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That could be a complete projection on my part, but none the less I understand that it is difficult to address subtle and nuanced issues like this in a language that is not one own. I'll be hard pressed to utter a single simple sentence in German, and addressing issues of more depth like we are discussing here would be out of the question.

Staggering numbers of people are killing and being killed all the time, and television, radio, print and electronic media present these events nearly anywhere we look. More than what culture or time period the victim may be from, I think it is the presence or absence of the umanizing details?

Human behavior, it seems to me, has obviously innate components. We are certainly hard-wired not to try to fly off buildings, and the fear of stepping off a cliff when we can see that there's no place near to land arises pretty early.

But most cultural activities and ethical consciousness are learned behavior (in my judgment). Children learn to not be cruel, they aren't born empathetic.

This gradually resulted in the Homo sapien brain developing with these unique capacities that would foster creativity and the resultant sexual allure was on par, in terms of developmental importance, with those processes that are emblematic of natural selection responses to environmental factors such as geography, climate, predators, etc.

Boas was on to something, and Millerís ideas strike me as complimentary and mutually reinforcing. While Boas only mentions the personal creative satisfaction of the artisan him or herself, the idea that creative virtuosity could serve as an appeal to prospective mates, seems like a fairly reasonable extension of his conclusions on art motives? and one that could reinforce the artisans own pleasure in the aesthetically creative act.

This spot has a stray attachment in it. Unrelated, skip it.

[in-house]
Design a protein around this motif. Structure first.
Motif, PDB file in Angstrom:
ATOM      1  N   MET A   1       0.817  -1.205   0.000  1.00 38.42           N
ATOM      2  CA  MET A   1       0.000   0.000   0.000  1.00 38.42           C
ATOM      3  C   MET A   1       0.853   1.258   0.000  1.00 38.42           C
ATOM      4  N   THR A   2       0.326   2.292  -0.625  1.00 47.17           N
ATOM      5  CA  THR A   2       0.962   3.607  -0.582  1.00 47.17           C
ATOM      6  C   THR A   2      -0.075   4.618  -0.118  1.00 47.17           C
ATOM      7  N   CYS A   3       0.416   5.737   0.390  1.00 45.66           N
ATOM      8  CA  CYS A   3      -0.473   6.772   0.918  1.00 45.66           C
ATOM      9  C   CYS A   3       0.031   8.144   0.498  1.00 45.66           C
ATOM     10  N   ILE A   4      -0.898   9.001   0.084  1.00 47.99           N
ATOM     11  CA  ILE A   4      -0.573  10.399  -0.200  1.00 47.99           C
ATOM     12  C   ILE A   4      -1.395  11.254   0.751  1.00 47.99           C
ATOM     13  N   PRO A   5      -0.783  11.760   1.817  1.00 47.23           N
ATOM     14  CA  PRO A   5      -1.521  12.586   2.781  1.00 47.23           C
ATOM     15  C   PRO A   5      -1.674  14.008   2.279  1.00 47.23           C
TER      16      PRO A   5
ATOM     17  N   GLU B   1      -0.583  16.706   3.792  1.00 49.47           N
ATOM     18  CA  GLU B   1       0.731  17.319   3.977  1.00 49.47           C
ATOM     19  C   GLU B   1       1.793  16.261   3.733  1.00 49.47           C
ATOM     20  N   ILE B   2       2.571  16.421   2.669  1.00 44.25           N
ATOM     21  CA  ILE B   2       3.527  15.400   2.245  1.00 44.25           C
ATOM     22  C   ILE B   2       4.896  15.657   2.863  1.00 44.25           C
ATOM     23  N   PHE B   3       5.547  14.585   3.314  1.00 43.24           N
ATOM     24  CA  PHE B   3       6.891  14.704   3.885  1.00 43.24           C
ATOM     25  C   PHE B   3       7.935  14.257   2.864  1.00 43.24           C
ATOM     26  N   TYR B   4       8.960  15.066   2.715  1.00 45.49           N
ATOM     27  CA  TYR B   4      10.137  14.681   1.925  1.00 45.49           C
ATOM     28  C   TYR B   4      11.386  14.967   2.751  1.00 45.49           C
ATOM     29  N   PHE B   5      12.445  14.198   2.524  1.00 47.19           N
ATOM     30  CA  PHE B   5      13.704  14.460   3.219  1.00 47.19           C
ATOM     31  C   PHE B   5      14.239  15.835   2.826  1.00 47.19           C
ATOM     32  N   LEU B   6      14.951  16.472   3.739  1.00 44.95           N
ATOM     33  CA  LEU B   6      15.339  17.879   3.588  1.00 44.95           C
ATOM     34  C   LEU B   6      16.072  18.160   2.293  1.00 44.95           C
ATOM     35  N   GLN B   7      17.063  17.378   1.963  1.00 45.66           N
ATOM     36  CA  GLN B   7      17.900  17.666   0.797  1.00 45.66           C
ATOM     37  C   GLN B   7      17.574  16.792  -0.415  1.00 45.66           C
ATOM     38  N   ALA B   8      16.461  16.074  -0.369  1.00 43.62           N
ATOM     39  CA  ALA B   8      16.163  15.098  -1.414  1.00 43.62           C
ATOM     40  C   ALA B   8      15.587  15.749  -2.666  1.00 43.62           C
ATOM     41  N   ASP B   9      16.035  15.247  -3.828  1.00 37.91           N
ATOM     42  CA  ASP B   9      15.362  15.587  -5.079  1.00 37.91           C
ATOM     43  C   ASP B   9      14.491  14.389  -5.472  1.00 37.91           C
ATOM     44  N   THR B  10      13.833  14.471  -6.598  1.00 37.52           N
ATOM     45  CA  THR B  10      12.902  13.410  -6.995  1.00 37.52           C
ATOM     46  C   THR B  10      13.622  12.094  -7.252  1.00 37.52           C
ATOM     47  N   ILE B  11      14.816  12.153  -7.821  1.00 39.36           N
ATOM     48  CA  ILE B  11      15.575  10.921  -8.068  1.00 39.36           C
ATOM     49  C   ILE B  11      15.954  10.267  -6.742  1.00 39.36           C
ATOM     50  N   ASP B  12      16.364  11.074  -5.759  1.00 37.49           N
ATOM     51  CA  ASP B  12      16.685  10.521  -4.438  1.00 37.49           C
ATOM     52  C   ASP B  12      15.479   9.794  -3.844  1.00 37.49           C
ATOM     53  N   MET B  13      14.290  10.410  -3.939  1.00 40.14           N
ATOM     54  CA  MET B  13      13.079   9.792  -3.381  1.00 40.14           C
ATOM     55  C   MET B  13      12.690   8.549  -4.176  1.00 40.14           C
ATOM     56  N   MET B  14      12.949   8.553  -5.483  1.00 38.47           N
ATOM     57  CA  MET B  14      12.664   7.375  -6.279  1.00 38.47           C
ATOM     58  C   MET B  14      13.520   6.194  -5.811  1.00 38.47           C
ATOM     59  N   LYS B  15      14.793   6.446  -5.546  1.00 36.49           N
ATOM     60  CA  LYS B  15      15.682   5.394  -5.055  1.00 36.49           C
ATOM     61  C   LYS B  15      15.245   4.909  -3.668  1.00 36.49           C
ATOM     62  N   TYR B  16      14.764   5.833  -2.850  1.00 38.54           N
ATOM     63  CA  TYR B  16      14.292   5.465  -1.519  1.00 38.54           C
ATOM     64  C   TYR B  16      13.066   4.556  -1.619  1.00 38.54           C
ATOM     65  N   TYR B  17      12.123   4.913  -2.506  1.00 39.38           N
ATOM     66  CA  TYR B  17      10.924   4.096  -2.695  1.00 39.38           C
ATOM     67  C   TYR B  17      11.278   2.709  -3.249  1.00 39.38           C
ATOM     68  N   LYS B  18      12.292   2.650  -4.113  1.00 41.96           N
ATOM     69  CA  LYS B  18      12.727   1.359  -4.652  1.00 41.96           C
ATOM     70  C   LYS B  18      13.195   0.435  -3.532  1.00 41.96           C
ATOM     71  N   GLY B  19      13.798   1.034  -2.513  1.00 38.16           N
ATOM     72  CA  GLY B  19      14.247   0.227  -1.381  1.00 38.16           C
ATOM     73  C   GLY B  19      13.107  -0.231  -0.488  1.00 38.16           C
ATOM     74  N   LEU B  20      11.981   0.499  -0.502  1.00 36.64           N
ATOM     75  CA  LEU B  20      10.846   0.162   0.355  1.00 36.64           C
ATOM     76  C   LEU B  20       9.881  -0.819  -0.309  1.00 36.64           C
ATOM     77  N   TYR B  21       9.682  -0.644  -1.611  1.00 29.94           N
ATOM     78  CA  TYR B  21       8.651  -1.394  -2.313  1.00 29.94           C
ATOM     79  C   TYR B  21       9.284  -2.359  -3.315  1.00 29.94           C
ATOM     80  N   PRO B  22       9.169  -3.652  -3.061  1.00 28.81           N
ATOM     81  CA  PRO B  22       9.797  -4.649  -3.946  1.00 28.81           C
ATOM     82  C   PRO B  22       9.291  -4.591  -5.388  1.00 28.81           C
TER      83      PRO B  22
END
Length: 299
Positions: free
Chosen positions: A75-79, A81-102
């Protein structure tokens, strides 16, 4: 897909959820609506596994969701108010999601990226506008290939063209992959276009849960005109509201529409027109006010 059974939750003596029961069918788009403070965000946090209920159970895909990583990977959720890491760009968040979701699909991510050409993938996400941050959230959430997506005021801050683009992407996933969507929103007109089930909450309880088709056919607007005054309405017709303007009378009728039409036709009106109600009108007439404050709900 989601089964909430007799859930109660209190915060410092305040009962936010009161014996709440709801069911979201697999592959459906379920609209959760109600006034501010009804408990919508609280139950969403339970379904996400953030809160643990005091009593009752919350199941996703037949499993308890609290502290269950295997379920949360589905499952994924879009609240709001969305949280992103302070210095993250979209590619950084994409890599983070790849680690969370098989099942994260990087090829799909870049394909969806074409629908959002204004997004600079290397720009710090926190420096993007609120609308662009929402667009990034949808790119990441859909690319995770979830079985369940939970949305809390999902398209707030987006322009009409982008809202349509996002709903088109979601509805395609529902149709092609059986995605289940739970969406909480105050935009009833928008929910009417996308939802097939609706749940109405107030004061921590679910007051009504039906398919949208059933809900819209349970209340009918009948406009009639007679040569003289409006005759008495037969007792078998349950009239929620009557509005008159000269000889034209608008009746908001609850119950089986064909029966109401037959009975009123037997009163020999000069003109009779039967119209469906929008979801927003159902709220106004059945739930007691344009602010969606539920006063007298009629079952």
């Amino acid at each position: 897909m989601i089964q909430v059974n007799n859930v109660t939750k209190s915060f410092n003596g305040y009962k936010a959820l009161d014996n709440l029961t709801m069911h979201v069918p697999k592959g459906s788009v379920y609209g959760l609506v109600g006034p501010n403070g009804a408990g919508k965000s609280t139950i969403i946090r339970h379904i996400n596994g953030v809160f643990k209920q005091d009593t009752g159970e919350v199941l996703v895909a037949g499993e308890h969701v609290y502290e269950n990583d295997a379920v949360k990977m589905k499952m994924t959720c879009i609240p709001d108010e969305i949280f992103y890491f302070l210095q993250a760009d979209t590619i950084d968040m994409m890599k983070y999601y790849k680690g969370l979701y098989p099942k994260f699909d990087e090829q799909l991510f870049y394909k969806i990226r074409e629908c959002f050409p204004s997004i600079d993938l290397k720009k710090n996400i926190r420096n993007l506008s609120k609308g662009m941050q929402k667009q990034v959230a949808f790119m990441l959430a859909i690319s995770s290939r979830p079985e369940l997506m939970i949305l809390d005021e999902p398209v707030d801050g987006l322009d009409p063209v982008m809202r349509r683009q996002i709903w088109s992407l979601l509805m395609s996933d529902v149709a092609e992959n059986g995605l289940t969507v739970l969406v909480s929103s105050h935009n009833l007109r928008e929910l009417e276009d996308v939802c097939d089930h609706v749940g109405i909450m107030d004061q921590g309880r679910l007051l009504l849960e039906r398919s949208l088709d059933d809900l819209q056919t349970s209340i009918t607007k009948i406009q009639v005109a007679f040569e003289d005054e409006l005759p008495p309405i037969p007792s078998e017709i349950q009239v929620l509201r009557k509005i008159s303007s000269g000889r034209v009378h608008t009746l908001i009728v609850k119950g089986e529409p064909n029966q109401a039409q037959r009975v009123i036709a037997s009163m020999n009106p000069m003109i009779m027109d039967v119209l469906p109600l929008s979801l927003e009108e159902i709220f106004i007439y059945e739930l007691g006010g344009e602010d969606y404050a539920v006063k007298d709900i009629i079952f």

A final comment or two on head hunting? for the majority of us who will read this discussion, I think it is safe to say that if this phenomenon is of interest at all, then at most we may possibly gain an intellectual understanding of why various societies might indulge in headhunting, but our own deeply ingrained cultural praxis will prevent us from ever looking at headhunting the way someone who is an autochthonous member of a headhunting society might.

I had several friends in various effected areas and they are all safely accounted for to my relief. But, sadly so many and so much has been lost, and while everyone I know directly has turned up safe, there are family and friends of friends who are missing, and at this point Iím afraid that hope of good news at this late date is fading.

Yes Steve P, Iíd agree with your final comments on animal behavior. It is a point well taken and indeed my choice of terminology was imprecise.

Although there are a lot of great artists graduated from art schools. There are also a lot of great artists never go to any art schools.

Taking heads isn't my cup of tea, but I have less difficulty understanding the cultural bases of doing so than I do of the apparent inhumanity of, say, the Yanamano or (closer to home) of the Nazi movement of the middle third of the 20th century in what might arguably have been the most culturally advanced society in Europe at the end of the 19th century.

One point: mortal combat among animals of the same species is not common. The more usual pattern is stylized or ritualized combat over resources (usually territory), in which one member concedes without being killed or injured.

The Rockefeller episode is different of course. Most significantly, this is something of an unsolved mystery. Michael Rockefeller disappeared, and there has never been definitive proof of what happened. A lot of theories have been put forward, some of which seem more plausible than others.


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